The uncertainty on both these points was removed by observing the feebler spectrum of the illuminated atmosphere near the sun’s limb. The lines in this spectrum, though they appeared very slightly stronger, were not so in a degree that could afford an explanation of the very marked increase of strength which most of them presented in the spectrum of the umbra. It seemed, therefore, satisfactorily determined that the light from the umbra had really suffered a more powerful absorption. The term umbra is used to include the cloudy stratum and the darker nucleus into which Mr. Dawes has shown the umbra of a spot may be usually resolved. It is probable that nearly the whole of the light under examination came from the part of the umbra known as the cloudy stratum. It was not possible to distinguish the spectra of these portions of the umbra.

The spectroscope was sufficiently powerful to show all the lines which are given in Kirchhoff’s maps.

I carefully examined the spectrum of the umbra with that of the adjoining parts of the solar surface from A to G, but I was not able to detect any line of absorption in the spectrum of the umbra which was not also present in that of the sun’s normal surface, or that any ordinary solar line was wanting in that of the umbra.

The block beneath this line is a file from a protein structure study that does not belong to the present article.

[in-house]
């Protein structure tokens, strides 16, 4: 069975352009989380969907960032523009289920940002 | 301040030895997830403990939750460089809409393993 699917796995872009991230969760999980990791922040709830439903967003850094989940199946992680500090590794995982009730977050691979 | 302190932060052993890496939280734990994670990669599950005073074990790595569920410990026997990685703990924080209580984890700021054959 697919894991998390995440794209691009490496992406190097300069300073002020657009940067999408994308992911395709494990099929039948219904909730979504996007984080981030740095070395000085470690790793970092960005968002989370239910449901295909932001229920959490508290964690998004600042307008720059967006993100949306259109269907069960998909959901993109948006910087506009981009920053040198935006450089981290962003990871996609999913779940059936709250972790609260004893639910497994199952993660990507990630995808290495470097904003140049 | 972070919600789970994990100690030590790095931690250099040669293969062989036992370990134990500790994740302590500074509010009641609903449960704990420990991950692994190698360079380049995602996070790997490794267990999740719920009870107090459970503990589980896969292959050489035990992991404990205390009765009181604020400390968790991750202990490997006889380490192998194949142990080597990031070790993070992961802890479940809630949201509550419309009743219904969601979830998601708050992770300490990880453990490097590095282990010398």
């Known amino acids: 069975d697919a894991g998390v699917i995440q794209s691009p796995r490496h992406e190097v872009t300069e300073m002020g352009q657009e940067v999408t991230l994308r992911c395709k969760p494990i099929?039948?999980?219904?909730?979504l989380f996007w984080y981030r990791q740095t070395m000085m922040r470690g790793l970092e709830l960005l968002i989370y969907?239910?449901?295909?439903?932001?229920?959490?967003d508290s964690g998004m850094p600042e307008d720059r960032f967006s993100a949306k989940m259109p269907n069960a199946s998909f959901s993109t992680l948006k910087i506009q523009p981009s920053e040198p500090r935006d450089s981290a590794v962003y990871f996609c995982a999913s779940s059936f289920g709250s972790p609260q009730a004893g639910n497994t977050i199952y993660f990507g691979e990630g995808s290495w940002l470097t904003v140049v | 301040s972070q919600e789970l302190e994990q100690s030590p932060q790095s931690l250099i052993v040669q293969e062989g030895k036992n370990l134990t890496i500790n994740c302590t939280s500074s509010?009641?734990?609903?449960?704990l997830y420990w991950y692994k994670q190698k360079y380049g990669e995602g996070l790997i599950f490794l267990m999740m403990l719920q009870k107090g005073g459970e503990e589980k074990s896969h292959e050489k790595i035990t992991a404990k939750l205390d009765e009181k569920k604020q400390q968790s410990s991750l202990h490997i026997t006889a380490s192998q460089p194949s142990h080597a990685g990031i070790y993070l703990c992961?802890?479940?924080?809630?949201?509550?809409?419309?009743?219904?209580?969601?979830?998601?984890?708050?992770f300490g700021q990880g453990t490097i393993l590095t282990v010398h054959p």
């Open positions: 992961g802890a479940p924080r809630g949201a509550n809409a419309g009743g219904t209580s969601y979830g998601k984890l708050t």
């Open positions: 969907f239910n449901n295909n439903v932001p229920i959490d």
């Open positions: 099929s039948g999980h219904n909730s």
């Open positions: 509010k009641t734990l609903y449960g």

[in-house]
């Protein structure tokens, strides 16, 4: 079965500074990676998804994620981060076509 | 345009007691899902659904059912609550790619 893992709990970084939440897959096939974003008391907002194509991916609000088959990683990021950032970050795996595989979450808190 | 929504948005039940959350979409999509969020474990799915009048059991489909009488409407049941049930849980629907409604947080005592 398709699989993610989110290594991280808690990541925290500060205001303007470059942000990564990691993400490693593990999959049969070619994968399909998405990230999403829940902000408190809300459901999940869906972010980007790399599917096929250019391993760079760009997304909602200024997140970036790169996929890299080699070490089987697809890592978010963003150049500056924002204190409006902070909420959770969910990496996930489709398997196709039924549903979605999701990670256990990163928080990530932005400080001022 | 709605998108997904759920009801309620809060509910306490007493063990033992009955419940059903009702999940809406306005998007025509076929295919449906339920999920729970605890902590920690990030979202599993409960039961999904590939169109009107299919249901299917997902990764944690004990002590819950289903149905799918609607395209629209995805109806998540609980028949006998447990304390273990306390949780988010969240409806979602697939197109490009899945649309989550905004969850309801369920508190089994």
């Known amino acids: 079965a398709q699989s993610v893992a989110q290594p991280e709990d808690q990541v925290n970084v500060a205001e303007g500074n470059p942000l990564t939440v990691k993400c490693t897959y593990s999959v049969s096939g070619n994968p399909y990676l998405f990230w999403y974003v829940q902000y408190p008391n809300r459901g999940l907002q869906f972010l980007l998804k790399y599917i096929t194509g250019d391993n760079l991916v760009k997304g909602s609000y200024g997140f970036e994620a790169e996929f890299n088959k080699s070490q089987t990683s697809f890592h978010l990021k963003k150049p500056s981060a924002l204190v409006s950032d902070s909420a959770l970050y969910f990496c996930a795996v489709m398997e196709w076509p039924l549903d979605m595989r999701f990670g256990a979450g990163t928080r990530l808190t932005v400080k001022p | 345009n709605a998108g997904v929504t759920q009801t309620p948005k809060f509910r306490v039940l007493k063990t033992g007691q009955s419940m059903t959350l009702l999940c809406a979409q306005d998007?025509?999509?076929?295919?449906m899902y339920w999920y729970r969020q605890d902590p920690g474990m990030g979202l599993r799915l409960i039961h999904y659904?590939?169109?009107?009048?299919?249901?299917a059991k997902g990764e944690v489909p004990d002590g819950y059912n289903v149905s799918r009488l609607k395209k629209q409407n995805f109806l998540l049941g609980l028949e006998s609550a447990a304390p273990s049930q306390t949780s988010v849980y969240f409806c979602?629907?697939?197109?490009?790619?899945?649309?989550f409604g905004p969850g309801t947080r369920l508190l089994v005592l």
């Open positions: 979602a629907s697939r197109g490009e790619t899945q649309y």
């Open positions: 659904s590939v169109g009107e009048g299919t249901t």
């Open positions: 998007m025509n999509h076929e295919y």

The increase of thickness, however, did not appear to take place in the same proportion for all lines. The lines C and F, due to hydrogen, appeared increased but very slightly, if indeed they were any thicker than would be due to a spectrum of feebler intensity. I incline to the opinion that these lines are not sensibly altered.

There is a small group of lines a little less refrangible than b, at 1601 to 1609, of Kirchhoff’s scale, and which in his map are marked as coincident with lines of chromium, which was especially noticeable from increased thickness. That this circumstance was not connected with any peculiarity of the spot under examination is shown by a similar observation having been made on other spots.

Fig. 3, Plate XXXIII. represents the appearance of the double line D in the spec-